Hopefully, you have never had a cat that refused to use their litter box. If you have, I’m sorry. It is probably the worst problem to have and one that I encounter all too frequently at the Cat Clinic of Plymouth.
Of course, many times the issue is a medical one and why I always recommend meeting with your feline veterinarian and having your cat examined. However, often times the issue is one that we unknowingly have created. So here are some pointers to avoid, prevent or even fix your cat’s unwillingness to use the litter box 100% of the time.
Cats are by nature very clean and want a desirable place to deposit their wastes. They are not much different from us in that respect. How many times have you walked into that lavatory only to walk out immediately deciding that being uncomfortable was worth not spending any more time in that room. I know I have done this many times.
Where is the litter box?
The first rule of thumb is making sure that there are adequate numbers of litter boxes in your home. This usually means one box per cat plus one. Having litter boxes in different living areas and different floors also helps. This insures that cats are not being blocked by other cats or humans in the household from getting to a litter box.
What is the litter box?
The next issue to consider is the box itself. They should be of adequate size to accommodate the size of the cat and allow them to turn around and comfortably posture for elimination. Litter box hoods are often a cause of concern for a cat making them uncomfortable getting into the litter box. Using a taller box without a hood can sometimes keep the litter in while still allowing the cat to feel comfortable.
Just as we would not want to use a dirty bathroom, cats don’t like a dirty litter box. Use a scooping litter that allows you to scoop waste at the very minimum daily. Having a larger number of litter boxes also helps to keep at least one acceptable at all times.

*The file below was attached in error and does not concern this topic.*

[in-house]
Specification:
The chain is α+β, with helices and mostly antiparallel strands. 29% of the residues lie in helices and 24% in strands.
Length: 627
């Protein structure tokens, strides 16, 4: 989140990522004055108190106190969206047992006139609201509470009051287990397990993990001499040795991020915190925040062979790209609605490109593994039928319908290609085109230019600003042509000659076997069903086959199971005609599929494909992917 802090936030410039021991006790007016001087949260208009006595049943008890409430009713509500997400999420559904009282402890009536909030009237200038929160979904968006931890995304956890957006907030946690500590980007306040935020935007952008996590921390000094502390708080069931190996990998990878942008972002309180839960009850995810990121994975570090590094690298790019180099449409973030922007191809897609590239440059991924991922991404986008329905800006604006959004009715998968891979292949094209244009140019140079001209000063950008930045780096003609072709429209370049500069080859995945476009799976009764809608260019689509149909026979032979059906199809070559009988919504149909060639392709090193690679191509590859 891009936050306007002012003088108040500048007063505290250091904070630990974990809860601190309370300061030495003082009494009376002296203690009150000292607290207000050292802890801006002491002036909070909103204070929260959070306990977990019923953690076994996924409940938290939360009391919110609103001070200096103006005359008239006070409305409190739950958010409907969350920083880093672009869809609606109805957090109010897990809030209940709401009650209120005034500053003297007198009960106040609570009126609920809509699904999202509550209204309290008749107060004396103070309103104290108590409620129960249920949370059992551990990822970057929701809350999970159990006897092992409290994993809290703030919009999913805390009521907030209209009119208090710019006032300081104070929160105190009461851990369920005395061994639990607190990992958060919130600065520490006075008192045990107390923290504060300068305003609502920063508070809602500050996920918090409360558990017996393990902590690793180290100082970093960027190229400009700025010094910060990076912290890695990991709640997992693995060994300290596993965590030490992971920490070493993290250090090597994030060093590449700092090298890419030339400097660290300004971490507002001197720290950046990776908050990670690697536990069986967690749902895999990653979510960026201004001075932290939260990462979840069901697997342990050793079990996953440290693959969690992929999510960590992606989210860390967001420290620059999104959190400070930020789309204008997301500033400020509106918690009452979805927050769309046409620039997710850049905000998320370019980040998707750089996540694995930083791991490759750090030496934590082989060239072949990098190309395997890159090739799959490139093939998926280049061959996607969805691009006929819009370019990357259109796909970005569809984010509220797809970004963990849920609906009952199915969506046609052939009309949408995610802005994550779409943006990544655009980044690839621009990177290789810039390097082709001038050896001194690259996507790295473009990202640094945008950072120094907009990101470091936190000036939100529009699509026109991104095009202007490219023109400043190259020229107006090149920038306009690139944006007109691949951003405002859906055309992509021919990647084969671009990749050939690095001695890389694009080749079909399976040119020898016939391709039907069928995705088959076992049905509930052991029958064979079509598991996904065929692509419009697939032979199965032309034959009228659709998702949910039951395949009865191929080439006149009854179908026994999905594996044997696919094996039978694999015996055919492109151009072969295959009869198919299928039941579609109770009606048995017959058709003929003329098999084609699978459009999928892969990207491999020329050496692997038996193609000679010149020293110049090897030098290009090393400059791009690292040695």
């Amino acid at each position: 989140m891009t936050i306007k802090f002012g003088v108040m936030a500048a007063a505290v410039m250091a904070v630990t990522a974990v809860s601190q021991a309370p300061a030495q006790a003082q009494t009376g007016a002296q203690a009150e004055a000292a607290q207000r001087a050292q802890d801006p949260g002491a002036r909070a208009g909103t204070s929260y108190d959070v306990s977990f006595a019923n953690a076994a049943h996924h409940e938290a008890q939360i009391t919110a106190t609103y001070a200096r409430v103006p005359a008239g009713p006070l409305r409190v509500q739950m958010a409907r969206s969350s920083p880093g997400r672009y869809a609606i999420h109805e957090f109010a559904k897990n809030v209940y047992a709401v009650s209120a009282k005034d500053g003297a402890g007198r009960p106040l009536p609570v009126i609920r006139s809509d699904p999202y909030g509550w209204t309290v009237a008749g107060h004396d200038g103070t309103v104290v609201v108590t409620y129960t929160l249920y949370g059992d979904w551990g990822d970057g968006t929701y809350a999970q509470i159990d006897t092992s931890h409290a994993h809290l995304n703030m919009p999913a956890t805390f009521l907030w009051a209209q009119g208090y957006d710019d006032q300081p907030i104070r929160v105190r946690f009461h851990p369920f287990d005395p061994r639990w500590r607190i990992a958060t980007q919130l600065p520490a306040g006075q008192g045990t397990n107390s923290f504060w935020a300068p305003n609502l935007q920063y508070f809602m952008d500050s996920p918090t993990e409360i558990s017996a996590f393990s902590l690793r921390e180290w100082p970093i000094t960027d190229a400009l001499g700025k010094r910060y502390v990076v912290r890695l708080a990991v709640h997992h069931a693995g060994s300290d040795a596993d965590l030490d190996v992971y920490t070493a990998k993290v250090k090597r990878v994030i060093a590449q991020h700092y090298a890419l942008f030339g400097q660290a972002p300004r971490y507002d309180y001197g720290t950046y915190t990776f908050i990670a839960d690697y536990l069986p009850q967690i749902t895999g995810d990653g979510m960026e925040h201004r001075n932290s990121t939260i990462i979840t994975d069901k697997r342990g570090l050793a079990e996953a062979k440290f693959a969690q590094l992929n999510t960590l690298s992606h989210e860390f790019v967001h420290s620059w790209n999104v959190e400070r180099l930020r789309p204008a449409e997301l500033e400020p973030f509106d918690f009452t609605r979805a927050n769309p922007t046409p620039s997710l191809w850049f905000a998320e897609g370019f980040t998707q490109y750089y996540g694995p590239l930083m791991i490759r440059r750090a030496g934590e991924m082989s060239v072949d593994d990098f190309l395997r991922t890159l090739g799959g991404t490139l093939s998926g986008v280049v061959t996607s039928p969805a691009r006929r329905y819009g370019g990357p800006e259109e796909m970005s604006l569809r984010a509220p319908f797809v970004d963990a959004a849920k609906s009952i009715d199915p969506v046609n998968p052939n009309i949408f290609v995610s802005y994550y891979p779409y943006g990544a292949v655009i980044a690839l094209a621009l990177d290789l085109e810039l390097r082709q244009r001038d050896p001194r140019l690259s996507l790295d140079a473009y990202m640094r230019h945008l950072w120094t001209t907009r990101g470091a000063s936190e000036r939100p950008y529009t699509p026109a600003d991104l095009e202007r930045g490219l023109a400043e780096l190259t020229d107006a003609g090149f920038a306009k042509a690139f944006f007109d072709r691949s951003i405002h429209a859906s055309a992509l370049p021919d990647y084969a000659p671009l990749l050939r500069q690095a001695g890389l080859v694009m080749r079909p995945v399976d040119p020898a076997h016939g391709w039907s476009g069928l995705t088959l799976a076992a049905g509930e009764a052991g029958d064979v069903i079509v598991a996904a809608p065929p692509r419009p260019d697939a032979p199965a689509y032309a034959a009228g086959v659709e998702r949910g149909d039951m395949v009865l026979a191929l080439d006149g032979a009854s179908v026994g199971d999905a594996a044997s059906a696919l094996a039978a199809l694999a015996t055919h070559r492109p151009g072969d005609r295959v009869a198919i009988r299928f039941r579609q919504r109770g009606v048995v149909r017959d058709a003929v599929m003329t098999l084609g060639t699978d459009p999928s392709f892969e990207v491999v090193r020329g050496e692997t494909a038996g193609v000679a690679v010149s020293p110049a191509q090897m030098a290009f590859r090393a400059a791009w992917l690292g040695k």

Cats tend to have a preference for the type of litter that is used as well as the amount of litter. Most cats seem to prefer 2-3 inches and tend to avoid litter liners. If you are using a scented litter try unscented. If you are using a pelleted product try a sand product. Every cat can be different on the type of substrate they wish to scratch in to cover their waste. Instinctively, they want to cover their waste to avoid detection from predators.
These simple tips may avoid a problem in the future but what about fixing a problem that has already started? Again, I recommend a meeting with and a full exam from your veterinarian complete with lab work to rule out a medical condition. Often times, infections or metabolic diseases can contribute to an ongoing problem and the litter box issue may be the only symptom.
Once a medical condition is ruled out, your veterinarian might suggest medications to help with stress if that is appropriate. However the above rules still must be followed to ensure success. Adding litter boxes, moving them to the desirable locations and addressing stress with Feliway Diffusers and environmental stimulation also will help. See my blog on www.catclinicplymouth.com/blog.
By Cassandra Kelley DVM